When changing the water in your fish tank, you’ll need to be familiar with some of the tips I provided. This will help preserve the lives of your fish and the tank in which they are kept.

Make sure to clean your tank when the need arises or you might just be harboring a foreign pathogenic species. The good thing about this is that you don’t need to visit an expert in order to get it done. Just ensure that there are no leakages before draining the water in your fish tank so that they don’t flow into a nearby stream when doing this!


Is This Type Safe For Fish?

On it’s own, distilled water is not safe for fish. Distilled water lacks trace elements and materials that are essential to the lives of your aquatic inhabitants. You can use a remineralizer like Seachem Equilibrium for freshwater tanks or marine salt mix for saltwater tanks to get these missing elements back into your water.

What Water Is Best?

For freshwater tanks, the best for the money is tap water treated with a decholorinator. For planted tanks or sensitive fish like Discus Fish, RO or distilled water that is mineralized work great. For reef tanks, RODI water is the best.

Can I Top Off My Tanks With this type of water?

Yes, you can top off your fish tank with distilled water. Trace elements and minerals remain in your aquarium when water evaporates. You are just replacing the lost water, which makes distilled water okay to use for top off.

Is Spring Water Better For Tanks?

Distilled Water that is remineralized would be a better choice. Spring water’s make up can differ from brand to brand, which can cause shock to your fish. Distilled will be a more consistent source – just remineralize it.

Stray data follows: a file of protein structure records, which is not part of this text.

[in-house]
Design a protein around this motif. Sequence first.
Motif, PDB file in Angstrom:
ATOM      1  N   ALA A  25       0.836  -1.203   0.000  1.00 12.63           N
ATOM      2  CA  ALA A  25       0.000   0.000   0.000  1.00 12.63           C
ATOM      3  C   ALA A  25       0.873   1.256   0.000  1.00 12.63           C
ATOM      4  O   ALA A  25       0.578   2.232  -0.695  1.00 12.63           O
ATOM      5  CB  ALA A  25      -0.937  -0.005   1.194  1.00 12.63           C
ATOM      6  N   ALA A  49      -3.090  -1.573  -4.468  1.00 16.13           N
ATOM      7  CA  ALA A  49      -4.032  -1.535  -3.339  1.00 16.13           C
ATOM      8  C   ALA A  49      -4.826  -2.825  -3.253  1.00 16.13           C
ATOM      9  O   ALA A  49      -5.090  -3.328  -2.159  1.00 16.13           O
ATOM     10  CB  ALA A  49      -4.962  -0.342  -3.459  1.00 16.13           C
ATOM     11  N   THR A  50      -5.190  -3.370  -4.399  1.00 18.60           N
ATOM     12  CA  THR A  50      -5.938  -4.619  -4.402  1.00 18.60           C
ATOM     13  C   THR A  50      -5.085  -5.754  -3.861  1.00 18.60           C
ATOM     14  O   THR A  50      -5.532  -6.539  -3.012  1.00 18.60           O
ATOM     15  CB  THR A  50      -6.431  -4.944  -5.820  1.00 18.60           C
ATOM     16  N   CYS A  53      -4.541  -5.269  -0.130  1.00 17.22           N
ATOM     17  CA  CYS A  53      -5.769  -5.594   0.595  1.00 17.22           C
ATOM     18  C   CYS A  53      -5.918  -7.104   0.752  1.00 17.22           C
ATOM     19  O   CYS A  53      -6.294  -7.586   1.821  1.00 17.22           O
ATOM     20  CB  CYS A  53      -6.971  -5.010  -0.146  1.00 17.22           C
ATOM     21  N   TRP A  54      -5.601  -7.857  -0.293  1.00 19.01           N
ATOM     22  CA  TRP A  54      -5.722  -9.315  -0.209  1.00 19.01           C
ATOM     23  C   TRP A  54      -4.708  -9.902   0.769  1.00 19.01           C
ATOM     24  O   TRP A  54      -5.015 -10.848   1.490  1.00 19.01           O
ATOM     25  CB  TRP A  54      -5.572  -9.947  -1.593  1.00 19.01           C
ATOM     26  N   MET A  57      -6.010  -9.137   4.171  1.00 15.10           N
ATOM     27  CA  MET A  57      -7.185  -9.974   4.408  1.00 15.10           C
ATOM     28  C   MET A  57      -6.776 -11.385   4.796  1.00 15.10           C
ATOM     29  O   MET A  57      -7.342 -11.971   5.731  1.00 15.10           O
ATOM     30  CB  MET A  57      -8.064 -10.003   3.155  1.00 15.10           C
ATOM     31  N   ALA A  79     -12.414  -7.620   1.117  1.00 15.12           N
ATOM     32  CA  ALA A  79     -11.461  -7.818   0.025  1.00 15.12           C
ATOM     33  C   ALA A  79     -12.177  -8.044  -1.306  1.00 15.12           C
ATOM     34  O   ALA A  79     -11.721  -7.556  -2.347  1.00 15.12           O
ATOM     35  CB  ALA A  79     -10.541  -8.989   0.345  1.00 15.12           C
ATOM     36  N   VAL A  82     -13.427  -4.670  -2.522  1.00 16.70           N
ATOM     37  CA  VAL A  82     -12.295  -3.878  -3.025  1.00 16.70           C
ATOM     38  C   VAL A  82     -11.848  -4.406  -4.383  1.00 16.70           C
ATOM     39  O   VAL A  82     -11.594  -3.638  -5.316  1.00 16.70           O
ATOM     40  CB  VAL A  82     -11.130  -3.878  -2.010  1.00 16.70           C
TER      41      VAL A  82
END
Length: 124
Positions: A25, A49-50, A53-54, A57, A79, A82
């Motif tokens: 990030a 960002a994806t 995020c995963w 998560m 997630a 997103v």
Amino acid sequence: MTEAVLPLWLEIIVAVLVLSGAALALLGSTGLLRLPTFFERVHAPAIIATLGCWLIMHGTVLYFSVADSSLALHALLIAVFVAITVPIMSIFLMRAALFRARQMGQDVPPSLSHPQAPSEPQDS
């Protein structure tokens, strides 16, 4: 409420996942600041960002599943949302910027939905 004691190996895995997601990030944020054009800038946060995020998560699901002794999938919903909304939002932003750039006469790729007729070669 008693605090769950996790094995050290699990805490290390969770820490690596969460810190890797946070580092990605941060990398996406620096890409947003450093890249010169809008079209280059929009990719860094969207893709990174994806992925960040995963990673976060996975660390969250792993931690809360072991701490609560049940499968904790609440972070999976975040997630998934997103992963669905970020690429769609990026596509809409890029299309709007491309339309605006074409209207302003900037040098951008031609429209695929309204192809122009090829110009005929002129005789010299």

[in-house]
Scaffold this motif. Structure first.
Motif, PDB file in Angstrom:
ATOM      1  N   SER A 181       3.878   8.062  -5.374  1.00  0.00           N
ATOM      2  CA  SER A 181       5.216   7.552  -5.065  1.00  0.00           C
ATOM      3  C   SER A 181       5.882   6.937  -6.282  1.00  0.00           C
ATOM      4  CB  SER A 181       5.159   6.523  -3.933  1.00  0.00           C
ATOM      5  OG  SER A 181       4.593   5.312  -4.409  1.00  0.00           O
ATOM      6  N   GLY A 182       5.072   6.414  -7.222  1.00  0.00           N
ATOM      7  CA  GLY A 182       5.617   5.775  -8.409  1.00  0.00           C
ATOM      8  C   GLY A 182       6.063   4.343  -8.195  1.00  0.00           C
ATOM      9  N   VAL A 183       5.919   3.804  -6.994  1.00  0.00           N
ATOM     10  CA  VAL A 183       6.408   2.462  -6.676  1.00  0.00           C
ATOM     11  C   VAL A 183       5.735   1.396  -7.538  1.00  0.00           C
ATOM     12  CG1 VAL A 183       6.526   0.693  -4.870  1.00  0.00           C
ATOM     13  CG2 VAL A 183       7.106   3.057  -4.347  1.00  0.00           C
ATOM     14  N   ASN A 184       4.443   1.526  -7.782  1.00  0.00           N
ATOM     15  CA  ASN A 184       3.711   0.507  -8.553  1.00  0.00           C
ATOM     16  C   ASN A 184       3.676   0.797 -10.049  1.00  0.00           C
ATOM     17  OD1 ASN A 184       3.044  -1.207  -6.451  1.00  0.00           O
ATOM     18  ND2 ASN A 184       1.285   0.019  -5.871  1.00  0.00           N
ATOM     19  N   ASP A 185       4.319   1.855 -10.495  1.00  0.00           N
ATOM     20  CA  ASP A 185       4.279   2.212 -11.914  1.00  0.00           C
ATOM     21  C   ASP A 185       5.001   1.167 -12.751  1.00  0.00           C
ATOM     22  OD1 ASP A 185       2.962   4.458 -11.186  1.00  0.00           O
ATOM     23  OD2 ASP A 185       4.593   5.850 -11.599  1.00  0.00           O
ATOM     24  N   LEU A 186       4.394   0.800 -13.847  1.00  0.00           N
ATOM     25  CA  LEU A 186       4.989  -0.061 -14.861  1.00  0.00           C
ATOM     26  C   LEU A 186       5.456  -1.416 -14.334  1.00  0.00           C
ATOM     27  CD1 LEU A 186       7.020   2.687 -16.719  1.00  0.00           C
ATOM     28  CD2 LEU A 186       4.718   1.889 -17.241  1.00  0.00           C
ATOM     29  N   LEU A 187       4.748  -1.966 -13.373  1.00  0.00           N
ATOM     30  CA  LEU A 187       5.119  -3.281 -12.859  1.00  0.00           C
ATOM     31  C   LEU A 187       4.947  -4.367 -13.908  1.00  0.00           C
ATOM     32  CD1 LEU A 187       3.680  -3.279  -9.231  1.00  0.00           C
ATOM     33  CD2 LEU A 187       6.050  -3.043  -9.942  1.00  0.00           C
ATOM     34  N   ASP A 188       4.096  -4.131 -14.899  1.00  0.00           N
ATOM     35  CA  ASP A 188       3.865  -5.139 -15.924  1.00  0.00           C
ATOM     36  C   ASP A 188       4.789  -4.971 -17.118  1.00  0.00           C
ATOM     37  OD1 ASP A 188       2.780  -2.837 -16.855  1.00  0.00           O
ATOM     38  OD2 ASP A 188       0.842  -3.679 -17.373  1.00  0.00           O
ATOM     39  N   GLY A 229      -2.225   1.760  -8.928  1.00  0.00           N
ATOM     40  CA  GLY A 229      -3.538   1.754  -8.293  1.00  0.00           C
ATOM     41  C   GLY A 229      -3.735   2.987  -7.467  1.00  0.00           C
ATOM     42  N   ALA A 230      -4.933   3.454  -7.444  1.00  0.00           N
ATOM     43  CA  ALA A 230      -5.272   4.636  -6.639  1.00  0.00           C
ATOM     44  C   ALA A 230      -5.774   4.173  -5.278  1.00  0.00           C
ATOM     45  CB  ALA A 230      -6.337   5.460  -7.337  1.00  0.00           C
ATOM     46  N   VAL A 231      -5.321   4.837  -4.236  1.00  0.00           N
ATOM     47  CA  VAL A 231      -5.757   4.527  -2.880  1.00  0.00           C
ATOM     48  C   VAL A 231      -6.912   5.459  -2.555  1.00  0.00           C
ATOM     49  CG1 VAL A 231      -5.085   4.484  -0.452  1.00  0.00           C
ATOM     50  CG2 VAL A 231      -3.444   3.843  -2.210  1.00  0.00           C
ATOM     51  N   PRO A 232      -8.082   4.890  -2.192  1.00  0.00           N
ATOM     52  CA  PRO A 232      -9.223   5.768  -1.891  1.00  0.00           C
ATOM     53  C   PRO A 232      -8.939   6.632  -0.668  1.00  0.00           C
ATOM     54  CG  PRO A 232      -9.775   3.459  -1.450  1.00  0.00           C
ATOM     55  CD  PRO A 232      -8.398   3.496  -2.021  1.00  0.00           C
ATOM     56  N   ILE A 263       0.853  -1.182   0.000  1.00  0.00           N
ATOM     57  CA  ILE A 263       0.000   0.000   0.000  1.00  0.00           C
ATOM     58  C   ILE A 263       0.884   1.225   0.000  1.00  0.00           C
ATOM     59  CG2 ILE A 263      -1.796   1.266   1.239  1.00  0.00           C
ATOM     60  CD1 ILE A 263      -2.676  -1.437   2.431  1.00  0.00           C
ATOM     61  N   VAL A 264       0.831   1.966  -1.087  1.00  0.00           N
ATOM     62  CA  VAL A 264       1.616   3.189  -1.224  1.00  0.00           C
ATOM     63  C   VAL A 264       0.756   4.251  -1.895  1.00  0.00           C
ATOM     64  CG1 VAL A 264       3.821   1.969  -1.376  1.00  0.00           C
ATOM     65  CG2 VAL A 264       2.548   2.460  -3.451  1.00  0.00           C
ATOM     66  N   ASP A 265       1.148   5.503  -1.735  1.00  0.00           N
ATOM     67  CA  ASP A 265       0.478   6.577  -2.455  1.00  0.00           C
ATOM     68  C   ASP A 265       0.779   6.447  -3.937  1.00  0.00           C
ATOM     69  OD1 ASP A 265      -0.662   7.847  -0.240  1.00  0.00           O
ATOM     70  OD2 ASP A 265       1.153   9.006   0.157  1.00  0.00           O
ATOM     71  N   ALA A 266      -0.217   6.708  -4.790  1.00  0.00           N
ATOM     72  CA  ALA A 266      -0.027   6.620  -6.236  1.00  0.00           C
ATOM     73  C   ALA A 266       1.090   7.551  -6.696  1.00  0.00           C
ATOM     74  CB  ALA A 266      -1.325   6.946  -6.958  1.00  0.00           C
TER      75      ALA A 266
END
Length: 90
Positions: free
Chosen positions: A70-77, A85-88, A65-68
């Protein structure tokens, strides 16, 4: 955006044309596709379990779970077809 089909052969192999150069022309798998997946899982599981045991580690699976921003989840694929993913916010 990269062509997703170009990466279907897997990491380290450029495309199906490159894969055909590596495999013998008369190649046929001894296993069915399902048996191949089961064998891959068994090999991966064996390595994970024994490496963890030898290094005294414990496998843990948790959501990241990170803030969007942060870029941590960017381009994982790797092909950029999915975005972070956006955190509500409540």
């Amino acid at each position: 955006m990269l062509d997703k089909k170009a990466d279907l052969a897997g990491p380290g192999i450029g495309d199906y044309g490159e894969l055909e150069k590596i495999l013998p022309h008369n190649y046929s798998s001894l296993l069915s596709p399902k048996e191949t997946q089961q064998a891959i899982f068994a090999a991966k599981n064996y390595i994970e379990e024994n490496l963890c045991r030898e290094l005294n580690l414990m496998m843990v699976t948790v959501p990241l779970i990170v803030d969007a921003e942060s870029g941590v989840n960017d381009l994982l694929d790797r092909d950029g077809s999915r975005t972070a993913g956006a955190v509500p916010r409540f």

How Do You Remineralize Water?

You can purchase a remineralizer like Seachem Equilibrium for freshwater tanks. For saltwater tanks, marine salt mix will remineralize your water.

Final Thoughts

So, when shouldn’t you consider filling your fish tank with distilled water?

Never use distilled water only when you’re changing water in your fish tank!

I hope you got that clearly, right? The reason for this is because of the immediate change in pH that this will cause and the lack of minerals essential to your fish’s health. Avoid a catastrophe by remineralizing your distilled water if you decide to use it. If you have any questions, leave a comment below and let’s start a conversation. Thanks for reading!


  1. Hello! Could you tell me the ratios for remineralizing the water with epsom salts, calcium chloride, and baking soda? How much of each per gallon?
    Thank you so much!

    • Hi there. I don’t use any of those substances when trying to increase TDS. I prefer remineralization additives meant for aquariums. Also, the amount is dependent on the TDS range you need for the fish or inverts you want to keep. You’ll need to know the type of fish and inverts you want to keep than adjust the TDS range to their perferences.

  2. hi…we have a 55 gallon freshwater aquarium with tetras, gouramis (sp), 1…”WELL fed” goldfish, and 2 tank cleaners (not plecos). We use an Aqueon quiet flow canister filter 300. For substrate, we have flat back glass marbles and some glow rocks, and just a few fake plants. We keep the tank at about 72-76°. We HAVE to buy bottled water, and have been using “Niagra Putified Drinking water” (found at Dollar tree)
    For the last couple of months, no matter how often we change the water, clean filter, ect…Ice can’t get it clean! it’s Ugly, algae GREEN!
    WHAT an I doing wrong? The tank has been up for 2 years, and Until the last couple of months, had no problems keeping it clean. We haven’t done ANYTHING DIFFERENT! PLEASE HELP!!
    Sorry for the LONG explanation, but I wanted to give you all the info I could, in order to get the best advice/diagnosis possible!
    Thank you for your time!

    you can also email me at the address provided